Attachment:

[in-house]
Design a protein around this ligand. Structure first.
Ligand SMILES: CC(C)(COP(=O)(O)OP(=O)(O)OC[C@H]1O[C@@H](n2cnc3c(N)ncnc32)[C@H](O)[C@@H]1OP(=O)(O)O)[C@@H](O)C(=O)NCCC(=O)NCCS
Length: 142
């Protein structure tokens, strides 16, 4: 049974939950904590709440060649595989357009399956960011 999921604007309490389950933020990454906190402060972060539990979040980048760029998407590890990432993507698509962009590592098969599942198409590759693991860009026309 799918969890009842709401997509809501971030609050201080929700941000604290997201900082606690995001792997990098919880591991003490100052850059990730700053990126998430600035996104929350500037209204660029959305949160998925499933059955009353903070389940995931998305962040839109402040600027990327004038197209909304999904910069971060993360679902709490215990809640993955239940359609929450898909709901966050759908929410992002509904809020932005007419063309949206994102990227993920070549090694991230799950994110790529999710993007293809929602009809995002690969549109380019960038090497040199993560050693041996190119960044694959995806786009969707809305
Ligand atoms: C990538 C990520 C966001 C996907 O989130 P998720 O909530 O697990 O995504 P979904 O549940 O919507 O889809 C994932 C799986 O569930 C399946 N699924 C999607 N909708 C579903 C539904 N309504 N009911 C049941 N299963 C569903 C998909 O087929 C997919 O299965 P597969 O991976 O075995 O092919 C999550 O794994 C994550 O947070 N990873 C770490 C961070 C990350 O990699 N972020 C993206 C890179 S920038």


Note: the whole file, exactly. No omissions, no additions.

[in-house]
Design a protein around this ligand. Structure first.
Ligand SMILES: CC(C)(COP(=O)(O)OP(=O)(O)OC[C@H]1O[C@@H](n2cnc3c(N)ncnc32)[C@H](O)[C@@H]1OP(=O)(O)O)[C@@H](O)C(=O)NCCC(=O)NCCS
Length: 142
């Protein structure tokens, strides 16, 4: 049974939950904590709440060649595989357009399956960011 999921604007309490389950933020990454906190402060972060539990979040980048760029998407590890990432993507698509962009590592098969599942198409590759693991860009026309 799918969890009842709401997509809501971030609050201080929700941000604290997201900082606690995001792997990098919880591991003490100052850059990730700053990126998430600035996104929350500037209204660029959305949160998925499933059955009353903070389940995931998305962040839109402040600027990327004038197209909304999904910069971060993360679902709490215990809640993955239940359609929450898909709901966050759908929410992002509904809020932005007419063309949206994102990227993920070549090694991230799950994110790529999710993007293809929602009809995002690969549109380019960038090497040199993560050693041996190119960044694959995806786009969707809305
Ligand atoms: C990538 C990520 C966001 C996907 O989130 P998720 O909530 O697990 O995504 P979904 O549940 O919507 O889809 C994932 C799986 O569930 C399946 N699924 C999607 N909708 C579903 C539904 N309504 N009911 C049941 N299963 C569903 C998909 O087929 C997919 O299965 P597969 O991976 O075995 O092919 C999550 O794994 C994550 O947070 N990873 C770490 C961070 C990350 O990699 N972020 C993206 C890179 S920038």